As someone who was involuntarily used as a poster child for Asian American and Pacific Islander month by my university, yet listened to some classmates rant that Asian Americans “would be nowhere without black people,” take it from me: Diversity, equity, and inclusion offices make racism worse, not better.

Nobody should wonder whether circling their race on an application form would harm his or her chances of being accepted, yet I would be lying if I said that was not my first thought every time I reached the dreaded racial question.

What else can you expect when your racial identity—an immutable trait that is literally skin-deep—signals to a university or workplace that you are “too privileged” or less deserving to have a seat at the table?

Conversely, how could one’s race alone fairly make someone more deserving of admittance?

I will never forget my senior year of high school, when I consulted a pro-DEI teacher about my essay topic for the Common App to colleges.

She squinted at my face before asking, “Have you given much thought to writing about your race in your college essay? I mean … ’cause you’re clearly not white.”

My heart sank. Suddenly, I went from being an impressive writer to another non-white person whose race needed to be exploited for sympathy.

Little did my teacher know that I am half white and half Asian, two of the DEI scorecard’s least favorable boxes to check.

To this day, classrooms preach inclusivity in the same breath that they write white people off as privileged and cultureless. The more an individual is “white-passing,” the less interesting they become.

This narrative is poisoning minds in grade school and higher education. Take the “model minority” stereotype about Asians, which asserts that Asians are successful because their culture uniformly pressures them to perform well.

Stereotypes such as these have been perpetuated by DEI under the guise of being inclusive when it is anything but. It treats people as groups defined by distinct levels of oppression, instead of rewarding people based on merit.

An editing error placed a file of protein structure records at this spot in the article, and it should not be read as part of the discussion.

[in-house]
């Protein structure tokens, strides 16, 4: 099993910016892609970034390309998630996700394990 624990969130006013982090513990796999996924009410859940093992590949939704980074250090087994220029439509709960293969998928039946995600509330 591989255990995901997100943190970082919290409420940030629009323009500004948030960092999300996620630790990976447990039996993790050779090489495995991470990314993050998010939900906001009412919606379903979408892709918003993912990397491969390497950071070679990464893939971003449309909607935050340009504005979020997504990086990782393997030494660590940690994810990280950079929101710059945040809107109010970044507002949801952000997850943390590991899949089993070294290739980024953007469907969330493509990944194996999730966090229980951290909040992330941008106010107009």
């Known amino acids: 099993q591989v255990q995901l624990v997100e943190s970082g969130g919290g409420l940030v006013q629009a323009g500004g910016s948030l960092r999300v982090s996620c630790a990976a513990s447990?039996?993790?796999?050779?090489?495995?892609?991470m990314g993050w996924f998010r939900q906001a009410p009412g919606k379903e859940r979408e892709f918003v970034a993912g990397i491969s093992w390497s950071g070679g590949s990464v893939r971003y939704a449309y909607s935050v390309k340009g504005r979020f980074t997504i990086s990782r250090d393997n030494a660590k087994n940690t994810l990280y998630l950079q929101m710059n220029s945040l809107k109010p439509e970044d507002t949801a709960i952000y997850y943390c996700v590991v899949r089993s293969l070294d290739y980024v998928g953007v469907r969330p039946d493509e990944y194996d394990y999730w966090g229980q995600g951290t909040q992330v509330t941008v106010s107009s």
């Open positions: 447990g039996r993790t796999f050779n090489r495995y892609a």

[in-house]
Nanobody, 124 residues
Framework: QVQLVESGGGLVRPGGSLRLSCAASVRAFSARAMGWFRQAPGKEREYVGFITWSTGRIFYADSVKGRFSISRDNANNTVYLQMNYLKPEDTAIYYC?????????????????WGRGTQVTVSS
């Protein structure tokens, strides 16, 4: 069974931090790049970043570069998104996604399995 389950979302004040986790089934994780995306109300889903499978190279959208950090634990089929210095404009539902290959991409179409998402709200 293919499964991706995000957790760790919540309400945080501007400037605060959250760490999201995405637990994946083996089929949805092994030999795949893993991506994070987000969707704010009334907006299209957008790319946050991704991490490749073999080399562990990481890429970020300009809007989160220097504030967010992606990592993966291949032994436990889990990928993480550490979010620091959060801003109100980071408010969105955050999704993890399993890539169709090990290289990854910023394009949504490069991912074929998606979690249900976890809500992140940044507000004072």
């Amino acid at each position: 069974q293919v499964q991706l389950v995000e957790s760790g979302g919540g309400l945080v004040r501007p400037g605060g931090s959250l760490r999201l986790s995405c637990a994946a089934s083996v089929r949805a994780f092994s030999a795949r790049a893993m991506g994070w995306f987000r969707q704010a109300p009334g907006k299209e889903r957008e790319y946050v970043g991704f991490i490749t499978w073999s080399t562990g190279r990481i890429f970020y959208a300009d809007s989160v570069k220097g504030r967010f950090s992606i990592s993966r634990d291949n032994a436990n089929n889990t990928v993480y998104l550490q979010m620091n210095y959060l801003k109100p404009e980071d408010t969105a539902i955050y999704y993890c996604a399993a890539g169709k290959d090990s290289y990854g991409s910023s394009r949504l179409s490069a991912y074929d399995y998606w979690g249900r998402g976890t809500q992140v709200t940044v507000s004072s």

In late May, former Harvard University President Claudine Gay was honored with a Faculty Award and called “our forever president” at a separate graduationfor black students, not due to her research, but because of her “commitment to social justice.”

Meanwhile, Harvard’s DEI office, which Campus Reform reports sponsored the ceremony, has not commented on Gay’s inability to state unequivocally before Congress that calling for the genocide of Jews violates Harvard’s policies.

I may be biracial and have Asian heritage, but that identity has no bearing on my most important and fulfilling identities: child of God, daughter of two great parents, proud sister, and friend to many.

It certainly has no bearing on my ability to seek opportunities and try my best.

Anyone who says otherwise is evidence that DEI offices profit from teaching people to judge others by their skin color, rather than their character.

Character cannot be built by meeting  racial quotas. It’s developed through taking risks and working hard.

Contrary to what the Left would have you believe, the ability to grit your teeth and work hard to pursue your dreams is not exclusive to “white-passing” people.

This fact is liberating, and anything but oppressive or racist.

What is unacceptable is impeding someone’s potential to learn or succeed because they do not check a favorable racial box, not to mention doing so under the guise of being against racism.

Last year, the Supreme Court’s decision to overturn race-conscious admissions to colleges and universities marked a celebratory step for fairness.

But it isn’t enough. State lawmakers in Alabama, Florida, Indiana, Iowa, Texas, and more are prohibiting the use of taxpayer spending on racist DEI programs at colleges. Policymakers around the country frustrated by the student “encampments” on campuses this spring that claimed to be for peace, but were really antisemitic activists, would do well to follow suit.

DEI is a wolf in sheep’s clothing, and it’s time we exposed it as such. Like racial preferences, it too must go.